Adapted from a recent online discussion.
Dear Carolyn: My husband and I find ourselves hosting our children and grandchildren at every holiday and family get-together. This includes providing a guest room for our son and his family, as well as my brother, all of whom live out of state. We have two guest rooms, and are happy to have them. While it is physically difficult for an elderly couple to have frequent houseguests, we try our best to provide for everyone.
Recently we only had room for one guest, my brother, since our other guest room was occupied. We asked my son and his family to find another place to stay (such as local family and friends). They chose to attend the dinner and return home on the same day. They were very cool toward us, so we knew they were miffed.
Two weeks later, my son called and complained that they had been treated unfairly. He maintained that they could have crashed on a sofa or somewhere else. He went on at length with these complaints, which in the end brought me to tears.
I am of the mind to let it go until it happens again, and then call my son on his ungrateful behavior. After all, this is the first time in his seven-year marriage that he was asked to stay elsewhere. My husband wants to call him and have it out. I think this would add another chip to their already heavy shoulders. Your thoughts?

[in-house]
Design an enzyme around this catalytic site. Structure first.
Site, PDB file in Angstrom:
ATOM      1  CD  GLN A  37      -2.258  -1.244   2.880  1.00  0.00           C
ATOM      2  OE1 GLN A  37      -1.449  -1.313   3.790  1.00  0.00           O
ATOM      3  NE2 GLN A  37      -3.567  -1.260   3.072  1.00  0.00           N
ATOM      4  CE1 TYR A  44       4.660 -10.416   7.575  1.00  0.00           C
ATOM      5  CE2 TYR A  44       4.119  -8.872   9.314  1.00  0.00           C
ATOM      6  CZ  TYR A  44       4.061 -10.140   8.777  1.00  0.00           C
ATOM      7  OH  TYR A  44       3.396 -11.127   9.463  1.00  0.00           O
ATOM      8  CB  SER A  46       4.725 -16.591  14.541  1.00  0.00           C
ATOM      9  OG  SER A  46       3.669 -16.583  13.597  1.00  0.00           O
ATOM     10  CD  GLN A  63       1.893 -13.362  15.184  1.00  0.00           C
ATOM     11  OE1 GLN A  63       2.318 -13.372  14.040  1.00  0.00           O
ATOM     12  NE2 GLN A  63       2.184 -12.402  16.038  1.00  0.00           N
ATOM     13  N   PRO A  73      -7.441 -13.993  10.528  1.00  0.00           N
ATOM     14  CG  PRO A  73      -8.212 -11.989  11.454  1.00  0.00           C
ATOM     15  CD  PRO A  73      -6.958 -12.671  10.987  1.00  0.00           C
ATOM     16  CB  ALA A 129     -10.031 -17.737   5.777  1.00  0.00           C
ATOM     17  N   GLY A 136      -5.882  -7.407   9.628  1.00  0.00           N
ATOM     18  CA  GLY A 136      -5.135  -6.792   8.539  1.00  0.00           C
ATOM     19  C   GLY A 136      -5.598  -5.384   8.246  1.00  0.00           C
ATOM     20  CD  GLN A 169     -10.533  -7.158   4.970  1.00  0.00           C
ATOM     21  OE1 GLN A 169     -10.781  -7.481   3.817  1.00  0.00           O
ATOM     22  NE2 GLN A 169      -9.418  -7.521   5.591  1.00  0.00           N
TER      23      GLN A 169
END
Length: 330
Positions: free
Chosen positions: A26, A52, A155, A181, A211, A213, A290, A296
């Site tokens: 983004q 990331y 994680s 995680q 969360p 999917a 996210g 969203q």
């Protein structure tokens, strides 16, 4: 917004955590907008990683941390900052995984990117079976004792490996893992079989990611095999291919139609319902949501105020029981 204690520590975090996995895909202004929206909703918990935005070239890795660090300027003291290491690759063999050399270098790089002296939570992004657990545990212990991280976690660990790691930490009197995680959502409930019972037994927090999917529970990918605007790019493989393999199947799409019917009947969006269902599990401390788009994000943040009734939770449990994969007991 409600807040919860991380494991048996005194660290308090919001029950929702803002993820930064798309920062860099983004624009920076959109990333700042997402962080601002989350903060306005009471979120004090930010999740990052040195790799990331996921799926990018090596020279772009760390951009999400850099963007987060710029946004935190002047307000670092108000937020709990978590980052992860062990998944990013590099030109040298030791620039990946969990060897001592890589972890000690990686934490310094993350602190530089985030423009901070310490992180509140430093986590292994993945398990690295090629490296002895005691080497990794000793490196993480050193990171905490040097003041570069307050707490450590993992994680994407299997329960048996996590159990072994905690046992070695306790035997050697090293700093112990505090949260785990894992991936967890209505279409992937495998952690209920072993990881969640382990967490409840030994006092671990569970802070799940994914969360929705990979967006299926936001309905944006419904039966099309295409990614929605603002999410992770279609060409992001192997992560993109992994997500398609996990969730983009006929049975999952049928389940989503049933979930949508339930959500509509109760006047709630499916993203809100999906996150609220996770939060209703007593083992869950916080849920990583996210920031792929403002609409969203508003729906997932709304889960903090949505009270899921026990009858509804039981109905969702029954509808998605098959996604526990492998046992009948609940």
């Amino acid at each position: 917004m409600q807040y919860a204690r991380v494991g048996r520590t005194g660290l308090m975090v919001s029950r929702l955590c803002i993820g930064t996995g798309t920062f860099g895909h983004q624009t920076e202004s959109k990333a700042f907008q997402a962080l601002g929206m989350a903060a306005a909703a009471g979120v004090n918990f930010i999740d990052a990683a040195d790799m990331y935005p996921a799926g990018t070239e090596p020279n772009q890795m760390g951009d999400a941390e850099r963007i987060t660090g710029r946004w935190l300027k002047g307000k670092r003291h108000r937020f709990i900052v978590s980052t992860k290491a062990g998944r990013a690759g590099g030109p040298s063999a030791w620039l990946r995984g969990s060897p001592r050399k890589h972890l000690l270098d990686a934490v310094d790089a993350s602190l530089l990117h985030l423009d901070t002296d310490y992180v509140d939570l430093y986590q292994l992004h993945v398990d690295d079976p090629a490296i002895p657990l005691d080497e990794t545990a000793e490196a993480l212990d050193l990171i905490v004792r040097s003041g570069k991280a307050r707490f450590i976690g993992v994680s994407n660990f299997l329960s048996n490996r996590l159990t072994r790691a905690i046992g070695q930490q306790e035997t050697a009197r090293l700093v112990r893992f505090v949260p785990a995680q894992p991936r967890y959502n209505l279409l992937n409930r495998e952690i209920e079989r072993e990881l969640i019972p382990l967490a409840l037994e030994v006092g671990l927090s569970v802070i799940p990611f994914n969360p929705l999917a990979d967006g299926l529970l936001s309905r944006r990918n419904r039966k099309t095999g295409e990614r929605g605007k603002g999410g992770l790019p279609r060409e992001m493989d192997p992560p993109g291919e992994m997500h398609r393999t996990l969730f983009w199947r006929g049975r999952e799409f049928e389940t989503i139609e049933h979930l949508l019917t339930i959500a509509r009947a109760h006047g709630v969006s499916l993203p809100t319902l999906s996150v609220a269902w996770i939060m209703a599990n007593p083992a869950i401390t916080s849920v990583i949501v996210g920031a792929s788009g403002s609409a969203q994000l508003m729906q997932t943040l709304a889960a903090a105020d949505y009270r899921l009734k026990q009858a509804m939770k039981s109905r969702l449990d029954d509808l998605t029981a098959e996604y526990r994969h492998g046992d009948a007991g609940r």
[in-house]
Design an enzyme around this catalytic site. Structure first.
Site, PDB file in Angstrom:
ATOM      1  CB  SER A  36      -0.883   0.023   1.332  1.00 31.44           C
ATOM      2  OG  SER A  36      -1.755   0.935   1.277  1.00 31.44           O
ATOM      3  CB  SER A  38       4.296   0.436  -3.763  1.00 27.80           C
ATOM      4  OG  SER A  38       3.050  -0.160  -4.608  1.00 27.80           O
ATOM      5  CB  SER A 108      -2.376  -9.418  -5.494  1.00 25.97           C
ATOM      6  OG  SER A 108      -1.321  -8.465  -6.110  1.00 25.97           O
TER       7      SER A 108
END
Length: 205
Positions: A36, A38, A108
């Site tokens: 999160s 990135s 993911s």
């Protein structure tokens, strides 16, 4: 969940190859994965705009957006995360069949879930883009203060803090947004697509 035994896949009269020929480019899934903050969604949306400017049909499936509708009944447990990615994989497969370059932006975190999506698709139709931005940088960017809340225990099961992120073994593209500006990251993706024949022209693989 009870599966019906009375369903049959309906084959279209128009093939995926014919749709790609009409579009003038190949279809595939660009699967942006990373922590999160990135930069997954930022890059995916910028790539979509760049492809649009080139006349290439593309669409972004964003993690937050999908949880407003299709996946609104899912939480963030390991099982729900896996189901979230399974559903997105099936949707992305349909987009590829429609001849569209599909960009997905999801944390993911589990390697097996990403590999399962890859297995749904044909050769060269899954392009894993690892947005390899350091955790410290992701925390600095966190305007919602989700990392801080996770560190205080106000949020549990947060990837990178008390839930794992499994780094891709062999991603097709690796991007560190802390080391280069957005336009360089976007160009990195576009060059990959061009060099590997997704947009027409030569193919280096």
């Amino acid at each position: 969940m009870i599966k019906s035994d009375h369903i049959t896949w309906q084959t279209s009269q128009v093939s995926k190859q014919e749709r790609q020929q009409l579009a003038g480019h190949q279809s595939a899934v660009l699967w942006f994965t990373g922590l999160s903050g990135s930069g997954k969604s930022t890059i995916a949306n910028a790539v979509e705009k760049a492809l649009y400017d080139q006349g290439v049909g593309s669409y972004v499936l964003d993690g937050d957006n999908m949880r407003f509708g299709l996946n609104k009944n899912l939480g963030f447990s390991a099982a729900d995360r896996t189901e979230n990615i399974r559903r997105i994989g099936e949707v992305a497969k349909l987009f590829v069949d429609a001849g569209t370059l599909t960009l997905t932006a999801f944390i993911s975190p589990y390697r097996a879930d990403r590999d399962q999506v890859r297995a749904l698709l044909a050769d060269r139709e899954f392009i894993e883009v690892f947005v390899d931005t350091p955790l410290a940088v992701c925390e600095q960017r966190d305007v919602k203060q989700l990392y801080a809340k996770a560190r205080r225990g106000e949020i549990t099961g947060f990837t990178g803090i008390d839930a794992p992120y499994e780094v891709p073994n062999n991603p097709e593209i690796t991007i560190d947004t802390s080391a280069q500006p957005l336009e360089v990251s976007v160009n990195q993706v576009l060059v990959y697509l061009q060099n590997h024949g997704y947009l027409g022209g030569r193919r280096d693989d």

Your son is acting like a total ingrate. I’m sorry.
It sounds like it’s time to limit your hosting for your own health and well-being. Decide what you’re willing to do (one guest/family at a time, alternating? retiring the guest rooms completely? delegating specific chores?), then let your kids know of your new plans.
Don’t apologize for it, don’t back down, just say this is what you feel is necessary and you plan to apply it across the board.
That’s important – having different rules for different guests is a recipe for hard feelings.
As for your son, I do think it’s appropriate for your husband to follow up (BEG ITAL)calmly(END ITAL). He can start by offering your son a chance to reconsider his words on this subject.
And he can ask what’s really bothering him, since not being offered a couch is not something that seems worthy of haranguing one’s mother to the point of tears two weeks after the fact – which is, frankly, shameful behavior. So make this point by prompting, what’s the real issue?
If he doesn’t back down, then your husband can point out – calmly! – that expecting accommodations beyond what his hosts felt able to provide is not something you raised him to do.
Re: Exhausted Granny: Sometimes, it is difficult for adult children to see the changes in their parents as they grow older. Mom and Dad are always seen as the strong, vibrant people who raised them. Have a talk that includes: “We love having the company, but a full house is a lot of work and we’re getting older and can’t handle all the extras like we used to.”
This might be the nicest description ever of someone blinded by his entitlement, but, worth a try, thanks.
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